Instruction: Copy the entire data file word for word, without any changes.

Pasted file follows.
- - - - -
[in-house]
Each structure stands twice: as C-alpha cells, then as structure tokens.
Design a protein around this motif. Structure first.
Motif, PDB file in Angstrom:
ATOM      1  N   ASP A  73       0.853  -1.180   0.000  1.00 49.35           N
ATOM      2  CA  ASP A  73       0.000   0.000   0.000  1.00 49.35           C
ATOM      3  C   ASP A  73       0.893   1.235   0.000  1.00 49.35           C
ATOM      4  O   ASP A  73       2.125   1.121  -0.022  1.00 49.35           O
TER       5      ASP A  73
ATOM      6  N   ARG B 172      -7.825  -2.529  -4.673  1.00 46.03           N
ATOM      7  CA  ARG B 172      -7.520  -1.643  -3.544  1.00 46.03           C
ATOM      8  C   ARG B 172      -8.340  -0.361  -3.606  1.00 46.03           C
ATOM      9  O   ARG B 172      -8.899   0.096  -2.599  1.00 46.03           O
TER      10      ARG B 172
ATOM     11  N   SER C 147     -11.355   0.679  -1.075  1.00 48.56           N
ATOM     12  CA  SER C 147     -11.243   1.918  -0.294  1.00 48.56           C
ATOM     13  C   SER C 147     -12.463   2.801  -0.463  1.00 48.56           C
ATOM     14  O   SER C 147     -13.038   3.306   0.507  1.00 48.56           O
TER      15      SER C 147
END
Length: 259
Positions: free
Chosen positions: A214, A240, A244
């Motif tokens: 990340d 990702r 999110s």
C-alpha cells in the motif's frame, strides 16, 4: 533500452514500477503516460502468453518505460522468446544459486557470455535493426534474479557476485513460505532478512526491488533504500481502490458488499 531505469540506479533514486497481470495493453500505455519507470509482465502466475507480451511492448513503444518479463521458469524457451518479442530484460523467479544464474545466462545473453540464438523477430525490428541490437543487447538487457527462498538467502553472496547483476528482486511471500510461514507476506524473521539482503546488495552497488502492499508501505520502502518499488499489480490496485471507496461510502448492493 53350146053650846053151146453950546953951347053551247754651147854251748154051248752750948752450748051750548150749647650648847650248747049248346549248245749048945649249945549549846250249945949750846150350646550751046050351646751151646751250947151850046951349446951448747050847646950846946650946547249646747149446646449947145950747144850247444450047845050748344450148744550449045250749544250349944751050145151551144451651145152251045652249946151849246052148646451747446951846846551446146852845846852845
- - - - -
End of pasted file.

[in-house]
Each structure stands twice: as C-alpha cells, then as structure tokens.
Design a protein around this motif. Structure first.
Motif, PDB file in Angstrom:
ATOM      1  N   ASP A  73       0.853  -1.180   0.000  1.00 49.35           N
ATOM      2  CA  ASP A  73       0.000   0.000   0.000  1.00 49.35           C
ATOM      3  C   ASP A  73       0.893   1.235   0.000  1.00 49.35           C
ATOM      4  O   ASP A  73       2.125   1.121  -0.022  1.00 49.35           O
TER       5      ASP A  73
ATOM      6  N   ARG B 172      -7.825  -2.529  -4.673  1.00 46.03           N
ATOM      7  CA  ARG B 172      -7.520  -1.643  -3.544  1.00 46.03           C
ATOM      8  C   ARG B 172      -8.340  -0.361  -3.606  1.00 46.03           C
ATOM      9  O   ARG B 172      -8.899   0.096  -2.599  1.00 46.03           O
TER      10      ARG B 172
ATOM     11  N   SER C 147     -11.355   0.679  -1.075  1.00 48.56           N
ATOM     12  CA  SER C 147     -11.243   1.918  -0.294  1.00 48.56           C
ATOM     13  C   SER C 147     -12.463   2.801  -0.463  1.00 48.56           C
ATOM     14  O   SER C 147     -13.038   3.306   0.507  1.00 48.56           O
TER      15      SER C 147
END
Length: 259
Positions: free
Chosen positions: A214, A240, A244
């Motif tokens: 990340d 990702r 999110s």
C-alpha cells in the motif's frame, strides 16, 4: 533500452514500477503516460502468453518505460522468446544459486557470455535493426534474479557476485513460505532478512526491488533504500481502490458488499 531505469540506479533514486497481470495493453500505455519507470509482465502466475507480451511492448513503444518479463521458469524457451518479442530484460523467479544464474545466462545473453540464438523477430525490428541490437543487447538487457527462498538467502553472496547483476528482486511471500510461514507476506524473521539482503546488495552497488502492499508501505520502502518499488499489480490496485471507496461510502448492493 53350146053650846053151146453950546953951347053551247754651147854251748154051248752750948752450748051750548150749647650648847650248747049248346549248245749048945649249945549549846250249945949750846150350646550751046050351646751151646751250947151850046951349446951448747050847646950846946650946547249646747149446646449947145950747144850247444450047845050748344450148744550449045250749544250349944751050145151551144451651145152251045652249946151849246052148646451747446951846846551446146852845846852845